The Supreme Court on Tuesday asked the Center what exercise it has taken to justify its decision to give quota in promotions to Scheduled Caste (SC) and Scheduled Tribe (ST) employees, such as their inadequate representation in jobs and The reservation will not adversely affect the overall administrative efficiency.
A three-judge bench headed by Justice L Nageswara Rao said that if quotas in promotion to SCs and STs in a particular cadre of jobs are judicially challenged, the government will have to justify it on the ground that they are in a particular cadre. Inadequate representation in the cadre and providing quota will not adversely affect the overall administrative efficiency.
“Please don’t argue on principles. Show us the data. How do you justify reservation in promotion and what exercise have you done to justify decisions. Please take directions and let us know,” said the bench, comprising Justice Sanjiv Khanna. were also involved. and BR Gavai.
Initially, Attorney General KK Venugopal, appearing for the Centre, referred to the Supreme Court judgment from the Indra Sawhney judgment of 1992, known as the Mandal Commission case, and the Jarnail Singh judgment of 2018.
Mandal’s decision had ruled out the possibility of quota in promotion.
“Relevant point is that Indra Sawhney’s decision pertained to backward classes and not SCs and STs,” the law officer said.
He said, “This decision pertains to the question whether reservation should be given to every section in proportion to their population. It then says ‘No, it should not be given’ because then it is somewhere beyond the 50 per cent limit. will be more.”
He said that Article 16 of the Constitution requires equality in matters of public employment and if merit is the only criterion then SCs and STs, who are socially disadvantaged, may not be able to compete.
The law officer said that till 1975, 3.5 per cent SCs and 0.62 per cent STs were in government employment and this is an average figure.
Now the SC and ST figures in government employment have come down to 17.5 and 6.8 per cent respectively in 2008 which is still low and justifies such quotas, he said.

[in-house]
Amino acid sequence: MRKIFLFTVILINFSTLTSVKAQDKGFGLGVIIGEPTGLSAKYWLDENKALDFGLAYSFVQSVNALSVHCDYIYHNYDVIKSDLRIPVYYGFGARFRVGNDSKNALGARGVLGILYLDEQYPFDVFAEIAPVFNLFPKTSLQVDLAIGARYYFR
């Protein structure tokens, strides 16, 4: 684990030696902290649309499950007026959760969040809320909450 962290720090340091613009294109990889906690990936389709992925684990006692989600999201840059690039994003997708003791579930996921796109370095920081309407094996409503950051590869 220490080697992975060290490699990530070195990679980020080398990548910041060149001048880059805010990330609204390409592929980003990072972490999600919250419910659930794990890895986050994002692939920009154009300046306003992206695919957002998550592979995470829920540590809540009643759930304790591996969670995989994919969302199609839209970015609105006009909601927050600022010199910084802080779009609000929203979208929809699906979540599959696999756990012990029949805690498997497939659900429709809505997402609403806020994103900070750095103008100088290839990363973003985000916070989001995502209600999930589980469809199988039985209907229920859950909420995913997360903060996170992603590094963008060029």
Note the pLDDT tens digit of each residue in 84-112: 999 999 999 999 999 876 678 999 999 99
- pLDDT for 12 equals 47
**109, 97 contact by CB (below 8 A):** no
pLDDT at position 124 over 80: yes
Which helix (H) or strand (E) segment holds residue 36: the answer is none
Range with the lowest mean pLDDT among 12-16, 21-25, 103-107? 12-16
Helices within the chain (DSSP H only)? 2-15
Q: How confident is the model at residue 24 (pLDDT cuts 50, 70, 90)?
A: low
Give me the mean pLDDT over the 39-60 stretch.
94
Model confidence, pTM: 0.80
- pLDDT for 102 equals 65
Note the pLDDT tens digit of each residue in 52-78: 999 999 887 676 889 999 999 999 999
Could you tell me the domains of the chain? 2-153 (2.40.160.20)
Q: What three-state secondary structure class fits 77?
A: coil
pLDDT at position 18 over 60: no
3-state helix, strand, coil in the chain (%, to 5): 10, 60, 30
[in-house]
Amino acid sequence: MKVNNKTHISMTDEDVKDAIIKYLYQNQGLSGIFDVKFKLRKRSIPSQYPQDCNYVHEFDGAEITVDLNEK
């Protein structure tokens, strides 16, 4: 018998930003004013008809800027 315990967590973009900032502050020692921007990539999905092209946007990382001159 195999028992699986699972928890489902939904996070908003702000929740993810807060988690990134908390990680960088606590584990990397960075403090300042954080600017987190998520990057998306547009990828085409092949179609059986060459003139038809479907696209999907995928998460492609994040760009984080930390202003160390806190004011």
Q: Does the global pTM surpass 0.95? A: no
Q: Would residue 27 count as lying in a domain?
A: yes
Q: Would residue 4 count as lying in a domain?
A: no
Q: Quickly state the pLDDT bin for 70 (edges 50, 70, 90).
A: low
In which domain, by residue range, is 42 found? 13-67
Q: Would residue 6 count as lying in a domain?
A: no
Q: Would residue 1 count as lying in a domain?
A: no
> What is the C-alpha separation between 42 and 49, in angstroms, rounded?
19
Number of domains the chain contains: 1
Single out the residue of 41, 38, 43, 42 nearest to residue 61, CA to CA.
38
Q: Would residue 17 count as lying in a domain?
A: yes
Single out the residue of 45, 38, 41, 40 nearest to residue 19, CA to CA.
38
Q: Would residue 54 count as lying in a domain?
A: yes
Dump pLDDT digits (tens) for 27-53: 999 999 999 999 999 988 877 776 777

The court will continue the hearing today.
Earlier, the Supreme Court on September 14 had said that it will not reopen its decision to grant reservation in promotion to SCs and STs as it is for the states to decide how they implement it.
“We are making it clear that we are not going to reopen Nagraj or Jarnail Singh (cases) as the idea was only to decide these matters in accordance with the law laid down by the court,” the bench said.
It added that the issues framed by Attorney General KK Venugopal and circulated by others are increasing the scope of the cases.
“We are not ready to do that. There are some issues that have already been settled in Nagraj and we are not going to raise them either. We are very clear that we are not ready to reopen matters or debate that law. We are not going to allow any argument. The set forth by Indira Sawhney is wrong as the scope of these matters is to enforce the law laid down by this court.”
KK Venugopal had submitted before the Supreme Court that almost all these issues have been included in the Supreme Court’s decisions and he would give the background of all the cases on the issue of reservation since the Indira Sawhney case.
The Attorney General had said that the problem with the Union of India is that three interim High Court orders have been passed out of which two say that promotions can be continued, while one High Court has issued status quo orders on promotions.
“There are 1,400 posts (secretariat level) in the Government of India where no promotion can be made on regular basis as all three orders pertain to regular promotion. The issue is whether promotion can be continued for regular appointments and whether it is reserved. bearing on seats
KK Venugopal, seeking a stay on the contempt petition against the government, said, “Another 2,500 posts are held up for years due to the status quo orders relating to regular promotions. The government will make those promotions on ad-hoc basis without any authority.” wants.” Officer.
Earlier, Maharashtra and other states had said that promotions have been made in the unreserved categories, but not in the categories reserved for SC and ST employees.
In 2018, a five-judge constitution bench had refused to refer to the 2006 judgment in the M Nagaraj case, which adopted the concept of creamy layer for Scheduled Castes (SCs) and Scheduled Tribes (STs) by a seven-judge bench. was extended to the larger bench. for reconsideration.
It paved the way for quotas for promotion in government jobs to SCs and STs and modified the 2006 judgment to the extent that states would not be required to “collect quantitative data” reflecting backwardness among these communities. . To justify reservation in promotion.
However, the Supreme Court in 2018 had upheld other conditions such as the government having to justify promotion in quotas for SCs and STs that their representation in that particular type of job is inadequate and will not affect the overall administration. Capacity.